In Friendswood, there were roads made of crushed shells instead of gravel—and these shell roads ran off the main roads. I had a friend who kept horses in the barn next to her house, and would often see her riding one of them along the shoulder of the highway. I remember one Easter morning church service, held outdoors, when a goat ambled along during a prayer and started eating the lilies. Friendswood is larger now, the shell roads mostly gone, but when I go back to visit, it still feels like a very particular small town.
I’ve lived in New York City for most of my adult life, and at dinner parties when I am teased about some general notion of Texas (big hair, oilmen, politics), I always want to say that Texas is complicated, that Friendswood can’t be summed up in a phrase, but by then the conversation has rushed on. That’s partly why I wrote a novel set in the place where I grew up. All the broader ideas about Texas miss the textures and music of a place like Friendswood. There’s a stereotype that Texans are always bragging, full of bravado, but as the writer Bret Anthony Johnston recently put it, living in a vast state, with its vast sky, can actually make you feel quite small. That’s the kind of paradox that makes Friendswood its particular self—there’s a lot of hometown pride, sure (go Mustangs!), but also a kind of humility, a reverence for the ways in which people are connected.
The details are important because the integrity of a place comes from the color and cast of all these tiny pieces. It was members of the Religious Society of Friends— Quakers—who founded Friendswood in 1895, and their church (not a meeting house, as it might be called elsewhere), is in the middle of town, its old pale brick and grassy graveyard standing like a testament to the past. When my family first moved to Friendswood in 1978, teachers still had to sign a contract promising not to drink alcohol or smoke, in keeping with local Quaker practices, and the city was dry. Until 1965, no dancing was allowed in the schools, and the first prom was a hard-won battle. The original Friends of Friendswood had come seeking religious freedom and prosperity, and for many years the town’s main revenue came from rice farms and fig orchards.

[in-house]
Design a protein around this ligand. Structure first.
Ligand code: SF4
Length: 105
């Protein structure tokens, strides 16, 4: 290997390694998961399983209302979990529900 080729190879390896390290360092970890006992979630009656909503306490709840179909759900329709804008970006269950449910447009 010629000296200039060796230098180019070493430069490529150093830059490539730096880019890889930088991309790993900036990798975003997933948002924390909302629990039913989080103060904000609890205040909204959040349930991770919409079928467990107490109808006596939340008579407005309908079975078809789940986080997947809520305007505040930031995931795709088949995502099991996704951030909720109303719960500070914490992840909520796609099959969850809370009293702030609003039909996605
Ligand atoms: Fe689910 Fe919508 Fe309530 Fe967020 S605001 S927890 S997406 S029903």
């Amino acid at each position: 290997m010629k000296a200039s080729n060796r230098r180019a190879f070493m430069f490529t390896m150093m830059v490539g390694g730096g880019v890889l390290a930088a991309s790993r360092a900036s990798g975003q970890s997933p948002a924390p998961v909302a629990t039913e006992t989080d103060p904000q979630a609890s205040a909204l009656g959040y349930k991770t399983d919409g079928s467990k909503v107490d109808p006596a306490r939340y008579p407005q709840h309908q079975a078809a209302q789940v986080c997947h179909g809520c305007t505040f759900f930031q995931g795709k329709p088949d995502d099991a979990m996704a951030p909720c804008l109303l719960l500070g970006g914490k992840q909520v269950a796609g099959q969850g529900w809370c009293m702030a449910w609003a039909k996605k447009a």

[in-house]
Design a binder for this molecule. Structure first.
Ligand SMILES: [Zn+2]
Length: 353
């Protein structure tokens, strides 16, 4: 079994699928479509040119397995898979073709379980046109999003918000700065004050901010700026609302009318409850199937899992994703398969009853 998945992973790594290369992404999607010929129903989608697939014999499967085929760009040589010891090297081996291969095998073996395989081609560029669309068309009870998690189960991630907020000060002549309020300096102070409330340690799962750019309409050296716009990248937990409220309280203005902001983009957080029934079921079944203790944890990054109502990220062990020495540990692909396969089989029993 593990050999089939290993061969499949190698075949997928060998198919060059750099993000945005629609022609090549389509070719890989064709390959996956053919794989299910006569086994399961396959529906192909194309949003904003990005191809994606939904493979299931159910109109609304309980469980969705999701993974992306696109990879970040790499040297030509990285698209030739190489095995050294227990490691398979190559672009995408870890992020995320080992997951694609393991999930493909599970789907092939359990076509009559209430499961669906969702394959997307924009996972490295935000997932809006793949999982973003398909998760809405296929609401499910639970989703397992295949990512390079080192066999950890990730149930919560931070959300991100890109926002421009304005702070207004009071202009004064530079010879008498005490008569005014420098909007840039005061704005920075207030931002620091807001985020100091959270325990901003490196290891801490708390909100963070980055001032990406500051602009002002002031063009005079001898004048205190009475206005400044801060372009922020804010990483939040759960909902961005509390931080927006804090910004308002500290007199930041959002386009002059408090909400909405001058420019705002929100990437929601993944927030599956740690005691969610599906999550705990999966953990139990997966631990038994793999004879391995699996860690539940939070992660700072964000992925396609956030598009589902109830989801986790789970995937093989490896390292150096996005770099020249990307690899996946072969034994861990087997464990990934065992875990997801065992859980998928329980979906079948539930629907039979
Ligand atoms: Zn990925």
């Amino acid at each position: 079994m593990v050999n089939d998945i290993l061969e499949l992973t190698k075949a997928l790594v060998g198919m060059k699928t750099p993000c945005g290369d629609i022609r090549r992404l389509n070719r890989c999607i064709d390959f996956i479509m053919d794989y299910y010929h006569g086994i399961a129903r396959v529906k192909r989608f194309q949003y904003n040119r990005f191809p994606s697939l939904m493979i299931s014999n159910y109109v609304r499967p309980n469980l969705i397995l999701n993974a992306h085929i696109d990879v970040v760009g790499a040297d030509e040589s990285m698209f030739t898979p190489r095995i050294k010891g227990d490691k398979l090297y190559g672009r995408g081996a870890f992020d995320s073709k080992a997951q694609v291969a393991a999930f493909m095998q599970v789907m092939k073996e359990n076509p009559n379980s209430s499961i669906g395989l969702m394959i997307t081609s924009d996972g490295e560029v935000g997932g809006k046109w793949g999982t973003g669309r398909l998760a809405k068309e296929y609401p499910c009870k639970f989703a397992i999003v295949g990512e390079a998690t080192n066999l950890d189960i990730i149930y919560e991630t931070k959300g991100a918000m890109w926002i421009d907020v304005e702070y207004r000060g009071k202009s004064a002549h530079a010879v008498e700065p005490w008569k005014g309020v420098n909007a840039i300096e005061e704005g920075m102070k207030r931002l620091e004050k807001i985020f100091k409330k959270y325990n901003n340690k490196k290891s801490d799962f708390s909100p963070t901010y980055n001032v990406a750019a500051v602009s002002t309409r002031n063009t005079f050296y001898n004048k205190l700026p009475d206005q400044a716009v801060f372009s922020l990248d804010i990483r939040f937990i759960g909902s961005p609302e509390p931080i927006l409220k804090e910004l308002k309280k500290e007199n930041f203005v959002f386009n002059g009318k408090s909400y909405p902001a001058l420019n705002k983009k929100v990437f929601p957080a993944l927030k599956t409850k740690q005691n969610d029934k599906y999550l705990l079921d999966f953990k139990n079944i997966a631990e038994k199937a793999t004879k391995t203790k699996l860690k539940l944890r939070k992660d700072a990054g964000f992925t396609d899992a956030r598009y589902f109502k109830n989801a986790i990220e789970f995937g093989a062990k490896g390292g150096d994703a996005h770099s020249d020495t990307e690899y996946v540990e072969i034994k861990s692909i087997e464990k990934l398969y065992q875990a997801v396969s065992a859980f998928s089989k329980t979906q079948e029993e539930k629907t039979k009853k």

Shortly after NASA arrived nearby, in the early ’60s, Friendswood’s population began to grow rapidly, and there was apparently some tension in town as the outsiders started moving in—engineers, college professors, scientists. Through it all, though, the town has retained the disciplined, practical traditions of the original Friends, it seems to me.
As I wrote Friendswood, several memories seemed key to the essence of the place, and so, in one way or another, they became part of the story. The junior high I attended had once been the only school for grades 1 to 12. There was a particular musty smell to the auditorium, of old wood and decades of children’s sweat. There were ancient wads of gum hardened on the floor and names and initials scratched into the backs of the wooden seats. I used to study those markings and wonder how long they’d been there, if they’d been inscribed by the older brother or sister of someone I knew, perhaps by someone who was already dead.
We came to Friendswood when my dad was appointed minister at Hope Lutheran Church, a small congregation in town. During services, I would often watch people’s faces in the pews and wonder what they were thinking, if the words in the sermon had helped them through their troubles, or if they were daydreaming. I sometimes stood with my dad in his robes at the door after church, chatting with the police chief, the city councilman, the third-grade teacher, and I felt as if I knew these adults in a way other kids didn’t. Given his station, my dad was often called to serve at funerals, and from a very young age I could feel the possibility of death and grief beneath the sunny, peaceful surface of things.